It doesn’t make a lot of difference for broad mind. I mean it takes a long, long time for the margin of those transactions to be added income. Health is mainly European summation, a lot of the growth is actually coming from Europe economy. I want to avoid, I gave you so much information to identify the client or clients but we’re certainly being supporting one or two opportunities that we feel were very attractive. So far, the outcomes there have exceeded our expectations. So Europe is driving growth on the health and longevity side is emerging.

Maciej Wasilewicz - Morgan Stanley

And I’m guessing the health side, sorry, if I can -- I mean, sort of, ask follow-up question, that’s only two questions still. On the health side, is that mainly short-term contracts that client meaningfully tells us about, so they are very short payback periods, one-year contract type thing or is it longer term and longer duration?

George Quinn

These are generally short duration contracts.

Maciej Wasilewicz - Morgan Stanley

Thank you.

Operator

The next question comes from Stefan Schürmann from Vontobel. Please go ahead sir.

Stefan Schürmann - Vontobel

Hi. I guess, I had two questions. Nice follow-up on SST 1. Can you give some indication how much the high weighted Admin Re disposal last year and basically improved the SST ratio and maybe also sort of like this is, maybe always refinement in the modeling. How much that impact was in that figure. And the second question is mainly on growth in corporate solutions, nice 15%, just that you replicate, basically, tell me where is it coming from?

George Quinn

So on the SST side of the things, I mean, it does modeling changes and the impact of those model changes, no way of them are major change as Stefan is driving the improvement that you see today. In terms of other things that have had impact, so you mentioned the Admin Re piece. I’m trying to recall what we expect the Admin Re impact but I think it was, maybe just north of 10 points.

Stefan Schürmann - Vontobel

Yeah.

George Quinn

14 points, I think…

Stefan Schürmann - Vontobel

That’s what was, basically as estimated.

George Quinn

To the best of my knowledge and if we received.

Stefan Schürmann - Vontobel

Yeah.

George Quinn

On the impact of the two costs that we’ve issued, I mean, just to repeat the most recent one in, I think, Andrew Ritchie mentioned earlier, so that will come in when we do SST 2 this year. Of course, they do include the second [CoCo] that we issued in the middle of last year. I think from that we also got $500 million of impact on the available capital which largely tracks the internal capital numbers that you see for -- in the annual report. It’s relatively small impact.

On the cost side, where does the growth come from, I mean, no major theme. So we’ve seen the growth come from generally all lines of business or geographies. There is nothing in particular to expand there.

Stefan Schürmann - Vontobel

Okay. Thanks.

Operator

The next question comes from Thomas Fossard from HSBC. Please go ahead sir.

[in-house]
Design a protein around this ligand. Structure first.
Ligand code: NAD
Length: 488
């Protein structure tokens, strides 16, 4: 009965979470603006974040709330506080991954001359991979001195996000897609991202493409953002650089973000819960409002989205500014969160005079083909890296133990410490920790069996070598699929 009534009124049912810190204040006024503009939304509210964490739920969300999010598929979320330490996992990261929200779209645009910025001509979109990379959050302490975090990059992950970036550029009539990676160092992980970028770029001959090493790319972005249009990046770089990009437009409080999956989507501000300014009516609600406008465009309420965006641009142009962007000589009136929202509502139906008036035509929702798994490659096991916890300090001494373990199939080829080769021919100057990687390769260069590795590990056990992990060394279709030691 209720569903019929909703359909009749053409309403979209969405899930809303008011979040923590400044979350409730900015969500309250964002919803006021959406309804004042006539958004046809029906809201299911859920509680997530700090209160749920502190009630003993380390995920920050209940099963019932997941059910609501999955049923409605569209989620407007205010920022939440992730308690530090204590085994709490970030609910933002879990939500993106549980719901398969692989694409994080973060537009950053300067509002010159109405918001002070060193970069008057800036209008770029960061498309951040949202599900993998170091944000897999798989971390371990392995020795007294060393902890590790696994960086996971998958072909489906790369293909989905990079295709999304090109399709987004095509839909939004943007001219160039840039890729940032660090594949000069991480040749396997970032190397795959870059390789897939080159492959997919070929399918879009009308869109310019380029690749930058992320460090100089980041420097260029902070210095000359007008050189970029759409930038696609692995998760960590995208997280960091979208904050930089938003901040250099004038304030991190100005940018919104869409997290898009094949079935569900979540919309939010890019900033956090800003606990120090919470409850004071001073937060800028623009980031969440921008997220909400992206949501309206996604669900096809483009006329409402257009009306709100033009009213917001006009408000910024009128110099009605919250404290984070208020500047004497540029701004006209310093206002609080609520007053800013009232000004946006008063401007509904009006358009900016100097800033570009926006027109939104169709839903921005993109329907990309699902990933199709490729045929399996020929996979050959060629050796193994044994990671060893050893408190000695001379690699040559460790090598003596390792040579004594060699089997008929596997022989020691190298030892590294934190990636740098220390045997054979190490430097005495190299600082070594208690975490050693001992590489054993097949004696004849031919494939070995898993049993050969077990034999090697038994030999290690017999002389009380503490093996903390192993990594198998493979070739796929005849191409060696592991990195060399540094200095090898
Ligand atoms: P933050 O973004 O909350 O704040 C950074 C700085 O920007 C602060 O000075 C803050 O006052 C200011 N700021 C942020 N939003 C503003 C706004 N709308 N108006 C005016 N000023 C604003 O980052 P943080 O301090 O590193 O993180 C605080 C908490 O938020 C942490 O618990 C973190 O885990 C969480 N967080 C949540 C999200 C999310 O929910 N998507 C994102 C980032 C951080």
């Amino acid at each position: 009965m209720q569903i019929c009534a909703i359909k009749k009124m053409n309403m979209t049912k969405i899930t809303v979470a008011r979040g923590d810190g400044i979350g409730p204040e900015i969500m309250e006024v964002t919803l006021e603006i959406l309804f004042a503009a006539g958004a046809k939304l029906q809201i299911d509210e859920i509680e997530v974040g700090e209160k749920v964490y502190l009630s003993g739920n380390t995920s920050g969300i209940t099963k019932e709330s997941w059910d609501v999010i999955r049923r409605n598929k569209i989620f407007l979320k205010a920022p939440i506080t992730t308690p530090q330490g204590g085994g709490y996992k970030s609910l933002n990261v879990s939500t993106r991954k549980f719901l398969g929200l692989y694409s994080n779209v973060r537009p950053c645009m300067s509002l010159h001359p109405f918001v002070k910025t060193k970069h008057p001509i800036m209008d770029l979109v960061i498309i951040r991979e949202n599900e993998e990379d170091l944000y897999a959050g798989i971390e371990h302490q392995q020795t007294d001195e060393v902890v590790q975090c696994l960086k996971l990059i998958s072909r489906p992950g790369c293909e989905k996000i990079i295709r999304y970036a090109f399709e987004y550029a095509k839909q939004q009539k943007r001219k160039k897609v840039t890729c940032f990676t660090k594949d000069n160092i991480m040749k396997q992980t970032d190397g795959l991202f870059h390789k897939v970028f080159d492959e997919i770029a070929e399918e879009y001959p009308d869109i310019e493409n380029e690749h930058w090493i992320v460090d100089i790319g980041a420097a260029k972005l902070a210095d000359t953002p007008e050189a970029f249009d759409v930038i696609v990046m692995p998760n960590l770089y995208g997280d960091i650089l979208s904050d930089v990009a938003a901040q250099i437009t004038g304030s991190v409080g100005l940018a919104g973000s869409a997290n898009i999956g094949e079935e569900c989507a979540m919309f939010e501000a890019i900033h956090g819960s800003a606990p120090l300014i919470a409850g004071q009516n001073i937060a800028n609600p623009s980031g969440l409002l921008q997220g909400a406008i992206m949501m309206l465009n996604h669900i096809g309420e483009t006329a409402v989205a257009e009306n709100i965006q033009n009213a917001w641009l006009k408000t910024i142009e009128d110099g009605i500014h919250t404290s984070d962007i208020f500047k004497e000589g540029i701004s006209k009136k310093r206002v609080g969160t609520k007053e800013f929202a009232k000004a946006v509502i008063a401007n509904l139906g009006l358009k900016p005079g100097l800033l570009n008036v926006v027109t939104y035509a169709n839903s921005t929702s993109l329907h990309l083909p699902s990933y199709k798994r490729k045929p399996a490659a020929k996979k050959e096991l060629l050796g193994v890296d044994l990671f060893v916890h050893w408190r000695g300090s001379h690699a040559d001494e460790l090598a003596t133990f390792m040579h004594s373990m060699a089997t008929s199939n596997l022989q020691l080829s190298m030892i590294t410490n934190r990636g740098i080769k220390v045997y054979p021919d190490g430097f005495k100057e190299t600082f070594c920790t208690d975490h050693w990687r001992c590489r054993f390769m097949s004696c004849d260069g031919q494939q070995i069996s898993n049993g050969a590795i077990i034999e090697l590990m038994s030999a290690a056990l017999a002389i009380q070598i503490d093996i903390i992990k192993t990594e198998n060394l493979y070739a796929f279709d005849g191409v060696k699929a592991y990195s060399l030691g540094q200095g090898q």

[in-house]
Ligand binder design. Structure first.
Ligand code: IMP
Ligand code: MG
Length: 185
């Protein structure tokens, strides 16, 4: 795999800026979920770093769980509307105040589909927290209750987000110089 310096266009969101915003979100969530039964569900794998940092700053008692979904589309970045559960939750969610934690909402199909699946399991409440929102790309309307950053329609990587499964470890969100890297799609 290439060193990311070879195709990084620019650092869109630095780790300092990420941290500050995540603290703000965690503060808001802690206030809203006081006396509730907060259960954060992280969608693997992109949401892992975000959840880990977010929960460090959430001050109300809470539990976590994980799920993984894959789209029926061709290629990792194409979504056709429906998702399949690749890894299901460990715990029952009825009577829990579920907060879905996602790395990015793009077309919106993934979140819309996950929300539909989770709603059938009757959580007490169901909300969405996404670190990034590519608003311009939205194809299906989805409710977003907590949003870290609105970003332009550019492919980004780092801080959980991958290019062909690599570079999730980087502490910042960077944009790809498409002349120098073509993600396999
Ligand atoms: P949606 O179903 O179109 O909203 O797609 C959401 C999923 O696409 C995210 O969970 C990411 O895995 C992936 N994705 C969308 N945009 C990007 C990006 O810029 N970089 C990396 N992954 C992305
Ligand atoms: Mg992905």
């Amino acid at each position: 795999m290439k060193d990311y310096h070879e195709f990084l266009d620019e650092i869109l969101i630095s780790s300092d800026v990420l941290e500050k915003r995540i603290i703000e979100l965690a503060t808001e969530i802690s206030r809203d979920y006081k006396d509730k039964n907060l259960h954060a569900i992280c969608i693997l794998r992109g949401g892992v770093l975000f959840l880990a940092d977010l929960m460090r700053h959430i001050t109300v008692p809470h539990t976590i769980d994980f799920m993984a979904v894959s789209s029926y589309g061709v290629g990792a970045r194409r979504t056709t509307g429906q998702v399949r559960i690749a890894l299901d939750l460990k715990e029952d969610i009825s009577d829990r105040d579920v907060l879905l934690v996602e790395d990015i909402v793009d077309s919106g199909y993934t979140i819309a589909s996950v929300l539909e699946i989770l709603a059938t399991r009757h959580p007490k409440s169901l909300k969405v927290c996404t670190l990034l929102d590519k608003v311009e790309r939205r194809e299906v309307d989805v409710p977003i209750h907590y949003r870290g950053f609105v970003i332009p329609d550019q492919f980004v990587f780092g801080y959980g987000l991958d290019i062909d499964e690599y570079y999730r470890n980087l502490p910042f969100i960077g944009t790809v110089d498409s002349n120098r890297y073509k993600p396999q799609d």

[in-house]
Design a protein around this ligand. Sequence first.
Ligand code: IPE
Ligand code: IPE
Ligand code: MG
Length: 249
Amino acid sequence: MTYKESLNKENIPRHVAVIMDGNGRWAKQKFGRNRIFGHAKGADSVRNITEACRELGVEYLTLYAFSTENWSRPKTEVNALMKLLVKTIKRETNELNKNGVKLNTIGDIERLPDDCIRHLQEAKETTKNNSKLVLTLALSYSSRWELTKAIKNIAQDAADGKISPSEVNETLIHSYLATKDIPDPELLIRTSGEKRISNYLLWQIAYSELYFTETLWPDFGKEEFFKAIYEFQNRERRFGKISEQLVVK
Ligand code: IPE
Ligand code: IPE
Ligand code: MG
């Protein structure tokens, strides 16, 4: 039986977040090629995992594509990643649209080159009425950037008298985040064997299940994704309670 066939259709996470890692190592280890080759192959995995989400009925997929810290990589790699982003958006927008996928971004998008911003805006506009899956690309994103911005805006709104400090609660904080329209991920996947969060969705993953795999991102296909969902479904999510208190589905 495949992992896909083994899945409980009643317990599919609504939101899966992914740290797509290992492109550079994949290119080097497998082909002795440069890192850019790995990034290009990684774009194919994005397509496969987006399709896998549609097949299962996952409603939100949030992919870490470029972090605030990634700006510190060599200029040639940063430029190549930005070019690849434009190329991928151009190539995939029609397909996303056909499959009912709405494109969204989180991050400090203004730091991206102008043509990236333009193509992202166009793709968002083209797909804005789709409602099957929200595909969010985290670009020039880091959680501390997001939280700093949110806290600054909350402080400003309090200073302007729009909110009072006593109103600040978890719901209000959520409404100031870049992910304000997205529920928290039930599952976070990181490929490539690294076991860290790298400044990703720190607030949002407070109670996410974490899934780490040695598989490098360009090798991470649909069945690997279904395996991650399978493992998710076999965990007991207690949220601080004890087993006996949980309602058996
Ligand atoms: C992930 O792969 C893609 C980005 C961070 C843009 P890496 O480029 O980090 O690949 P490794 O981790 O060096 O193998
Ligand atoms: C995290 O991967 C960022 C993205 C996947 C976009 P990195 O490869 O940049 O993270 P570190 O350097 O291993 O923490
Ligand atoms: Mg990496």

Thomas Fossard - HSBC

Yeah. Good afternoon. Just one question my side, relating to your various schemes budgeting onto your asset side. Looking at the situation on the end of March and looking at where you as you stand at the end of 2012. I can see that your cash position is slightly -- move up slightly, also you have reinvested beating to the corporate bonds. You still, I would say significantly below mid-to-long term plans. So could you update us beat on what’s your strategy is around the full-year basis regarding, I would say maybe shifting a bit more of non-yielding assets into corporate bonds, also. I would say more risky investment classes and I was -- would have been interested to understand. What was the kind of the average return you managed to get on 1.7 billion you invested in Q1 into corporate bonds. Thank you.

George Quinn

Okay. So, answering the second one, first, I think, it is about 3.7%. On the first one, so what do we intend to do. You pointed, that was still quite a long way off of the midterm plant. I mean, if you look at that, generally the demand for most of the -- I guess, it’s still call them risk asset classes, I guess, there aren’t many risk free asset classes around any more.

I think our preference would still have been mainly on the credit side. I think you see it continue to grow or rather the shift the allocation. And it was divested like credit, continuing to add some corporate. You have to have some securitized, employee also adds some additional, maybe infrastructure or even commercial. So I mean, the pattern that you see in Q1 is completely conceivable that you see that continue through the remainder of the year because adding maybe $1 billion to $2 billion a quarter.

And even at the end of the year, that will still leave us quite a bit short of the mid-term plan but I think give us an overall asset allocation that we feel far more comfortable but in terms of the balance that we would have.

Thomas Fossard - HSBC

Okay. And that’s all combined, I mean, taking into accounts your risk action around 1 billion to 2 billion per quarter. Six basis points compression of the running yields is holding true.

George Quinn

Again, as I said earlier, that will vary but I still expect to see the running yield come down. I mean, even at these levels, I don’t think we could divest the floor on the running yield floor.

Thomas Fossard - HSBC

The 6 basis points, is it all combined?

George Quinn

Correct.

Thomas Fossard - HSBC

Okay. Thank you.

Operator